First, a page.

MADISON, Mississippi — Mississippi Gov. Phil Bryant came out in ardent opposition to Common Core education standards on Thursday, a signal of the immense grassroots pressure in the state, as State Sen. Chris McDaniel and incumbent Sen. Thad Cochran (R-MS) battle to win the GOP primary runoff on Tuesday.
“I think Common Core is a failed program, and the United States is beginning to realize that,” Bryant said, according to the Jackson Clarion-Ledger. “Governors all across America are realizing states can do it better.”
In late 2013, Bryant issued an executive order that called for state-level, not national, educational standards, but the order did not block the implementation of Common Core. Bryant argued then, according to local news outlets, that Common Core would not mean a federal takeover of educational standards.
This change in position by Bryant–who is campaigning for Cochran’s re-election–comes after neighboring Republican Louisiana Gov. Bobby Jindal killed Common Core in his state via executive order this week.
Bryant’s shift on Common Core comes as the candidate he’s supporting in the brutal GOP primary–now in a runoff–between McDaniel and Cochran trails by six points, according to the latest poll. Pollster Brad Chism released a new poll on Thursday evening showing McDaniel leading the Bryant-backed Cochran by six points, with McDaniel up 50 percent to Cochran’s 44 percent, while six percent of GOP runoff voters are undecided.
Chism polled 1192 likely GOP primary runoff voters on Tuesday and Wednesday to get these results, with a margin of error of just 2.85 percent–meaning McDaniel’s lead is a few points higher than that margin.
In a brief interview at a campaign rally he held with former U.S. Sen. Rick Santorum–the 2012 GOP presidential primary winner in Mississippi–McDaniel told Breitbart News he’s excited Bryant is stepping up to the plate to fight Common Core, however late Bryant is to the battle.
“I was hoping that Gov. Bryant would lead that charge, because Common Core is a failed program,” McDaniel said. “It has to be stopped. From a number of areas, it’s just bad policy.”
“I think it really shows that grassroots campaigns that focus on what’s really going on and the truth can have an impact,” Santorum added about Bryant’s turnaround on Common Core in an interview. “Sometimes it takes a little while to reach the top, but it’s been a great effort on the parts of parents who care about keeping control of education locally to finally get ahold of some Republican politicians who sort of forgot what they believed in.”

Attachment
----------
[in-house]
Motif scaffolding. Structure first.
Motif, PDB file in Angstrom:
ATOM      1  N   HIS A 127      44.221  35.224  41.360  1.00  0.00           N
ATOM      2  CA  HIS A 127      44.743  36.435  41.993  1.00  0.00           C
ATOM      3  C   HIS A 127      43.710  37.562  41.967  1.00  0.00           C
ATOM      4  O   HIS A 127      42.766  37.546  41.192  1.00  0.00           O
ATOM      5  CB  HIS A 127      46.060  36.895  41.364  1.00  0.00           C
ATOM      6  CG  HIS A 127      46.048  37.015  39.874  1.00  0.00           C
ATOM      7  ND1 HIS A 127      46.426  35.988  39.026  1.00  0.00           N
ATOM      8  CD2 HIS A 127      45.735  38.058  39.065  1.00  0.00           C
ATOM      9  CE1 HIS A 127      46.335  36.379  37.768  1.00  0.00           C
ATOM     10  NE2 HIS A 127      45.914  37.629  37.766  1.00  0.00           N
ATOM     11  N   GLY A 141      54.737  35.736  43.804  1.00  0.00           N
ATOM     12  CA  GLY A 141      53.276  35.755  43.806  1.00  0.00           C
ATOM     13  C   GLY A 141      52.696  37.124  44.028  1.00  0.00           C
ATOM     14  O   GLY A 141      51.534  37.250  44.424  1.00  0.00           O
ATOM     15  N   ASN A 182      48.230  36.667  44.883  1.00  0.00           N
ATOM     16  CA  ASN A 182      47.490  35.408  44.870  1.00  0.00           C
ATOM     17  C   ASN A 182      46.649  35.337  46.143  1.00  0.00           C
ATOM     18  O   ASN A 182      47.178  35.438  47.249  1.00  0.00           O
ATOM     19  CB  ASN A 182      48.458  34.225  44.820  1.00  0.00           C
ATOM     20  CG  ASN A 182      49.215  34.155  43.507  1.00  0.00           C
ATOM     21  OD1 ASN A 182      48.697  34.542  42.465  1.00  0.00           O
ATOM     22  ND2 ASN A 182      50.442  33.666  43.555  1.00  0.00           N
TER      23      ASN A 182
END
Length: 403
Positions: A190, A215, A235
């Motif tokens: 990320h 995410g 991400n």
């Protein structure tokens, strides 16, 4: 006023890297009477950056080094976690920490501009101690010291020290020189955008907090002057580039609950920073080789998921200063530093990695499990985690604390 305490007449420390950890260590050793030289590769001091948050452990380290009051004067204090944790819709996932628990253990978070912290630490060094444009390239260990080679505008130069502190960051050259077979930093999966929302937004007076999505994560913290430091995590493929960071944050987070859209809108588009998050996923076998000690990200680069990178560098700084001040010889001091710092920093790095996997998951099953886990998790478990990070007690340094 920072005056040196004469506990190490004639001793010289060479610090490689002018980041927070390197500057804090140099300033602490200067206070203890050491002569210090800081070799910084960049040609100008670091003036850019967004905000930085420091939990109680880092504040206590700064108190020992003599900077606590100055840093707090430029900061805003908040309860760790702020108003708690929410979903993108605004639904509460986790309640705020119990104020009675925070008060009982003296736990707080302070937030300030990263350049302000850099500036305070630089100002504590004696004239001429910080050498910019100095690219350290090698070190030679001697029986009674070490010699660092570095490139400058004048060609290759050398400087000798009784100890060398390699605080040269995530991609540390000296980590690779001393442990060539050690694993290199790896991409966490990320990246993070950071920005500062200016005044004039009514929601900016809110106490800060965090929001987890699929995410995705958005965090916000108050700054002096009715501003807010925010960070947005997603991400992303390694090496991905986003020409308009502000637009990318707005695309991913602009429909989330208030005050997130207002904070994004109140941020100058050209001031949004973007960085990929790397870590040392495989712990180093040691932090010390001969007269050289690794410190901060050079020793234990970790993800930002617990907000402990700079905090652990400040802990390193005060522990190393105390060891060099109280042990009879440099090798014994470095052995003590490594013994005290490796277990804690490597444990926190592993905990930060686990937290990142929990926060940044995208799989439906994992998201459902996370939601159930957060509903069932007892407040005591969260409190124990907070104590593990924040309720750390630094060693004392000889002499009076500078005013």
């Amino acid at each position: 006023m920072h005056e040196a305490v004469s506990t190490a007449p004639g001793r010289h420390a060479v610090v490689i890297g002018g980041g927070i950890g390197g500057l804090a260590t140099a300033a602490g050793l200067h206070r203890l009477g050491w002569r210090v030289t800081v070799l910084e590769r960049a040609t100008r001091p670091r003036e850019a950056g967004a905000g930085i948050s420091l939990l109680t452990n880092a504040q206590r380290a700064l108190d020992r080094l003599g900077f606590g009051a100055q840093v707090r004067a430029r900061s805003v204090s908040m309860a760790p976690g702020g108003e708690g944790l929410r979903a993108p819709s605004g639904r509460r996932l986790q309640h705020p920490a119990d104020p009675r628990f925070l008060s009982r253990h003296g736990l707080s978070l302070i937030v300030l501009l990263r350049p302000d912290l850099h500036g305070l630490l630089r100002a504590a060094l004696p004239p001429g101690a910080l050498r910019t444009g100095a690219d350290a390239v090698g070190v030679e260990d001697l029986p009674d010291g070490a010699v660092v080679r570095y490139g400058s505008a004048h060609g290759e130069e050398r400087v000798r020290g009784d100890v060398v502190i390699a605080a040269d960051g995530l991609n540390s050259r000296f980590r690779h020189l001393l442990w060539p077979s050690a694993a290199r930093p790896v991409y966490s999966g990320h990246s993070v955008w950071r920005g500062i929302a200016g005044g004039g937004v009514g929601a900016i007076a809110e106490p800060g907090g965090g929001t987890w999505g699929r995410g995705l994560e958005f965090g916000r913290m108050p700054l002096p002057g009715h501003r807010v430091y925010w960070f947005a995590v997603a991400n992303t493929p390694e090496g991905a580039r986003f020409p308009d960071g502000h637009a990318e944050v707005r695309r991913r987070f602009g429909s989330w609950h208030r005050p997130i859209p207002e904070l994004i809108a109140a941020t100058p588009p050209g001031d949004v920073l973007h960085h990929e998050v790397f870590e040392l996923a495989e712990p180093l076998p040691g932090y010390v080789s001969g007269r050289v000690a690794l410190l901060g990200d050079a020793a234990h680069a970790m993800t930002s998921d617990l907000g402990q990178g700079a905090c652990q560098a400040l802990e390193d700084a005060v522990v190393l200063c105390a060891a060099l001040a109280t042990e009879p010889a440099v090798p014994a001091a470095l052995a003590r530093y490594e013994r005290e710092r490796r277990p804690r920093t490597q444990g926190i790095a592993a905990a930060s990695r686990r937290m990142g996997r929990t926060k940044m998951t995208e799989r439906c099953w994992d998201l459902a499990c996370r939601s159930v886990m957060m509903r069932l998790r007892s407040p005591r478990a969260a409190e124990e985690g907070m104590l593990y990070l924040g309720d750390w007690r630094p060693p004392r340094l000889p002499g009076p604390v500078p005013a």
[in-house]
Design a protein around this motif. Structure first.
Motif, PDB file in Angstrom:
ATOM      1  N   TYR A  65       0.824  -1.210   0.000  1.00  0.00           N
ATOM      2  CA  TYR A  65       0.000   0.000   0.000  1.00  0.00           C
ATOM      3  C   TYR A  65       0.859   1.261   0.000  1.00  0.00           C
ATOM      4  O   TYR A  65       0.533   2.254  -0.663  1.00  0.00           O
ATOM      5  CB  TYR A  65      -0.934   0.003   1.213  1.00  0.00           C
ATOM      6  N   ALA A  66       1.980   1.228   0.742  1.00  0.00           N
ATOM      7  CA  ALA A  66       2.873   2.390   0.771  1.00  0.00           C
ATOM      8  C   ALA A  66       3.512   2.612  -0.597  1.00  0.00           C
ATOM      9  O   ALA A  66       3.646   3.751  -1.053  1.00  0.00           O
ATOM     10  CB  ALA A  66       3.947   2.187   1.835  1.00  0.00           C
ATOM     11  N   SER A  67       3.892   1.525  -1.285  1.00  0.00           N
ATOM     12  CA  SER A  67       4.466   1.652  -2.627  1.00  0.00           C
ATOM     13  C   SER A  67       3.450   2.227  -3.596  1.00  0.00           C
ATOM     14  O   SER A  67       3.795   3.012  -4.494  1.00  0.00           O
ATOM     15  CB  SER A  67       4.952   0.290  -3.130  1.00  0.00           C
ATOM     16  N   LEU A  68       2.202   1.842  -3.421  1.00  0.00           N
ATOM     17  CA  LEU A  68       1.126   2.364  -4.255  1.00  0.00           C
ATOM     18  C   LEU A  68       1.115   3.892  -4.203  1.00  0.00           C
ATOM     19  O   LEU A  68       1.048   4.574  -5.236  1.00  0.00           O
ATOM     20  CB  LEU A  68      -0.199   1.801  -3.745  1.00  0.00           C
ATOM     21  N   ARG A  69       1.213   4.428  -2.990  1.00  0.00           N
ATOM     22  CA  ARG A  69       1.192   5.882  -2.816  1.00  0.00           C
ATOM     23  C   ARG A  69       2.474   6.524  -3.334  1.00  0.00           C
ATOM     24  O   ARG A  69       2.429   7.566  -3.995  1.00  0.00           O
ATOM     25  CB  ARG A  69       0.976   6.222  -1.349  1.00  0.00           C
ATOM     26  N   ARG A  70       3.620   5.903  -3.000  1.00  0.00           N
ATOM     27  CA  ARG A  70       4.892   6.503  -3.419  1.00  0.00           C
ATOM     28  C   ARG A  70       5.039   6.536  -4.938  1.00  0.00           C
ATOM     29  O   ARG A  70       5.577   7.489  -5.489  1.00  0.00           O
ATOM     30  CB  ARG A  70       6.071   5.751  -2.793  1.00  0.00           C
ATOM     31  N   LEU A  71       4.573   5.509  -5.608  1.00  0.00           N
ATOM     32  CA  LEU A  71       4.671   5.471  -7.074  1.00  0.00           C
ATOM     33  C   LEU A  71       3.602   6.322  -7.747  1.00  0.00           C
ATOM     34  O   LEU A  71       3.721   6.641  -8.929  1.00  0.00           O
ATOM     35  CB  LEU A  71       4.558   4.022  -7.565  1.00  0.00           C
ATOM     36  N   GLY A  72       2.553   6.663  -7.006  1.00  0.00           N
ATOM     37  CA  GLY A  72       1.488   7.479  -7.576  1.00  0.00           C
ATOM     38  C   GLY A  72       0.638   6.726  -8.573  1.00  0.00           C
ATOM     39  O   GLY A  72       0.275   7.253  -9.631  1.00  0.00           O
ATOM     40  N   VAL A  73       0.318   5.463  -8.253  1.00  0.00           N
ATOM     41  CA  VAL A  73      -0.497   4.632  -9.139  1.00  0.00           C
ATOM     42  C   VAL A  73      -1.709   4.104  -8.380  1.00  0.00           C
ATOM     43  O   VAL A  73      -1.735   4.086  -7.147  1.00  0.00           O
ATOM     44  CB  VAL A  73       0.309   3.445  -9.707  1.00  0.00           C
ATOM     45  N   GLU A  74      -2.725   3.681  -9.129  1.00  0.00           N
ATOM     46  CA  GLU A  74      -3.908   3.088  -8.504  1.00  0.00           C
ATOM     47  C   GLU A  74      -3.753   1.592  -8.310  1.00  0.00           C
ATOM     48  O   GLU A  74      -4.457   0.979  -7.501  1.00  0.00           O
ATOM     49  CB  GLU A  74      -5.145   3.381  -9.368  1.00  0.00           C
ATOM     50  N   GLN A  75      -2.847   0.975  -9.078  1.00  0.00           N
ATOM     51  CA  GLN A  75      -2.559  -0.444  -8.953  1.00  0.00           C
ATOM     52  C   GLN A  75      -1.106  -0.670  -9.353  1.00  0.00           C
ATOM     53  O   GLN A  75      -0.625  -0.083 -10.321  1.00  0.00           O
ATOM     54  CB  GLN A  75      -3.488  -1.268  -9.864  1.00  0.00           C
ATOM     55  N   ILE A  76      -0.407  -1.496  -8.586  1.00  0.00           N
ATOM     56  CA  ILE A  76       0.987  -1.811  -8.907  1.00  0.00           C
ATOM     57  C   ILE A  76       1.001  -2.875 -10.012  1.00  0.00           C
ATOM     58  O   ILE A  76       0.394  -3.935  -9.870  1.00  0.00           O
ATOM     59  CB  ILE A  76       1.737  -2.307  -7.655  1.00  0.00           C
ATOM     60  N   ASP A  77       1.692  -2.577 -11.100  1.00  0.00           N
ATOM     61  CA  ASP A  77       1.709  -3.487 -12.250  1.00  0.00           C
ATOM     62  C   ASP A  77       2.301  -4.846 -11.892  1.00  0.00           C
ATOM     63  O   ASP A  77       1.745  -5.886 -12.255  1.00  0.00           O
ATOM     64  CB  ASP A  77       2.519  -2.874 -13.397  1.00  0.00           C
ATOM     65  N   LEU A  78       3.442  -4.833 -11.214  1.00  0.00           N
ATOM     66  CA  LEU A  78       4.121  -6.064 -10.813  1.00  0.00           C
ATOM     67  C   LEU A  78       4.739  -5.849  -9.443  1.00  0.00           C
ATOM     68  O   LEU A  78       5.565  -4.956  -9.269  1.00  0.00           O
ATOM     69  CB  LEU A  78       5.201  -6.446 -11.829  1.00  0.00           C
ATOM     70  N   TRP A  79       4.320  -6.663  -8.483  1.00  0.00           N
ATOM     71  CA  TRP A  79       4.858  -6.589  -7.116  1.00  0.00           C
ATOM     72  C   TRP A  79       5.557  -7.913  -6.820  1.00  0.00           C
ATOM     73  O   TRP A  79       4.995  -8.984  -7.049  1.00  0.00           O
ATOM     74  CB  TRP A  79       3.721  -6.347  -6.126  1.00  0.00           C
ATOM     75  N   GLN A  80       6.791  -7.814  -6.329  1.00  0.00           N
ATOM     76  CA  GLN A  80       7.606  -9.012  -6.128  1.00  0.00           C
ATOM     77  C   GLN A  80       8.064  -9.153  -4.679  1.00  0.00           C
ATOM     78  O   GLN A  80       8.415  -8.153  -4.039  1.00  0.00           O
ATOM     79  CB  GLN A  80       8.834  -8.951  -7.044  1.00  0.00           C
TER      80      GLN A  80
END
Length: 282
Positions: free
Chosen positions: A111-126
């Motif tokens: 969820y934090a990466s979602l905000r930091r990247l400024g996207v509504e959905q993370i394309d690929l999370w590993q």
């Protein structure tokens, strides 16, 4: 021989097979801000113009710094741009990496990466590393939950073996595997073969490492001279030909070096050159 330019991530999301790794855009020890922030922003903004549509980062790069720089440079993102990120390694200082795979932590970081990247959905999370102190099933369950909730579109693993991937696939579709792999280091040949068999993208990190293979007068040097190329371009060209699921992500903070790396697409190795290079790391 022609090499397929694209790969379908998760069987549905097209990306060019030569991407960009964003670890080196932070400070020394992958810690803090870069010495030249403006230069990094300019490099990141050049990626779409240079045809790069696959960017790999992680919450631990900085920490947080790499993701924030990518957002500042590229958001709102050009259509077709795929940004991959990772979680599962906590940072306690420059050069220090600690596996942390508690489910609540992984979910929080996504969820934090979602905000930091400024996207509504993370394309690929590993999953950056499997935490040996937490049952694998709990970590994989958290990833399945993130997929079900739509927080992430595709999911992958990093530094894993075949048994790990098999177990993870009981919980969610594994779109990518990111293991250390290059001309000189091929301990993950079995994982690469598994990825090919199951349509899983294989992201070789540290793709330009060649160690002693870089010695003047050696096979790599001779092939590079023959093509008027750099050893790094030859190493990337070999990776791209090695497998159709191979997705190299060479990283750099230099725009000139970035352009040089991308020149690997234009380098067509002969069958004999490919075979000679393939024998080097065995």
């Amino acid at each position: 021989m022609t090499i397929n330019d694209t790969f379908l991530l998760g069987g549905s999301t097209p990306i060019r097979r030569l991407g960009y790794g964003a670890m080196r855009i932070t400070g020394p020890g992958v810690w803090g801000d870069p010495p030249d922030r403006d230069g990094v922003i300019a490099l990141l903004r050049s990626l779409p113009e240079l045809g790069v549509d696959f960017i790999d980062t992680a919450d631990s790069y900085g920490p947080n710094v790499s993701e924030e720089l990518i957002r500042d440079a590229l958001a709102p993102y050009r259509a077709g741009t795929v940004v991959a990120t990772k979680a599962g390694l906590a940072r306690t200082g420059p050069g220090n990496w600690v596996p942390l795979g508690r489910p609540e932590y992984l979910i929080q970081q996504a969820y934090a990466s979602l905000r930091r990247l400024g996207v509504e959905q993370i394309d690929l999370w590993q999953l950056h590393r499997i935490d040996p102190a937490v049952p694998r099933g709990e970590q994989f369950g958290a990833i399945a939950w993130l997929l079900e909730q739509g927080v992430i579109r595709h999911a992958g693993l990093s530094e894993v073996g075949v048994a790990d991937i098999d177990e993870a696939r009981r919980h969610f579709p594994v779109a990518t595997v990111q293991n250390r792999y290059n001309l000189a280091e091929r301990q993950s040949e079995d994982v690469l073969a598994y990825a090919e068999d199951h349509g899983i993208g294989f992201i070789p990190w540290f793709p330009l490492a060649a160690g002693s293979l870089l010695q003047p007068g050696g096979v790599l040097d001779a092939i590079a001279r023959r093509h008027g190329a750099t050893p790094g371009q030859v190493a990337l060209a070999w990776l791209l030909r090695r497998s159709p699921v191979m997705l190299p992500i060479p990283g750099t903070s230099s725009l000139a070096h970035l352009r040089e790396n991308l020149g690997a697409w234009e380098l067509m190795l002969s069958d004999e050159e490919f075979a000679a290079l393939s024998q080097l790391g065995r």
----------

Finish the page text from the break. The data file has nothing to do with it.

State Senators working with McDaniel’s campaign also say they’re excited Bryant has come to the table to fight alongside them to get rid of Common Core.
State Sen. Angela Hill, a conservative who’s working to help elect McDaniel to the U.S. Senate, told Breitbart News that, while she’s always thought “Common Core was a ‘failed program’ from the start because of how it was hatched,” she’s glad the governor is now on board with Tea Party efforts to axe it.
“Any time you have the federal government handing out incentives to the states to get on a program, you better watch out,” Hill said in an interview at the Santorum rally.
Hill added that “we certainly hope so” when asked if Mississippi is next to kill Common Core. “The will of the people should take precedence over any type of corporate interest,” she said. “The people know what they want. They know what their children are getting in school and they don’t like it.”
“I’m just glad that our governor is coming on board,” state Sen. Tony Smith added. “We’ve worked real hard to try to bring this to light. Hopefully, this session–if not sooner–we’ll get it repealed in the state of Mississippi.”
Smith said he hopes Mississippi’s Bryant joins Louisiana’s Jindal in stamping out the program. “I would think with us being the most conservative state in the union, we should have been first [to kill Common Core],” Smith said. “We’ve got 10 senators who worked really hard last session and we weren’t able to get any bill out of committee. So this year, I’m hoping, with the groundswell across the country, that our leadership will allow us to at least get the bills out of committee so we can have a debate and a vote on it.”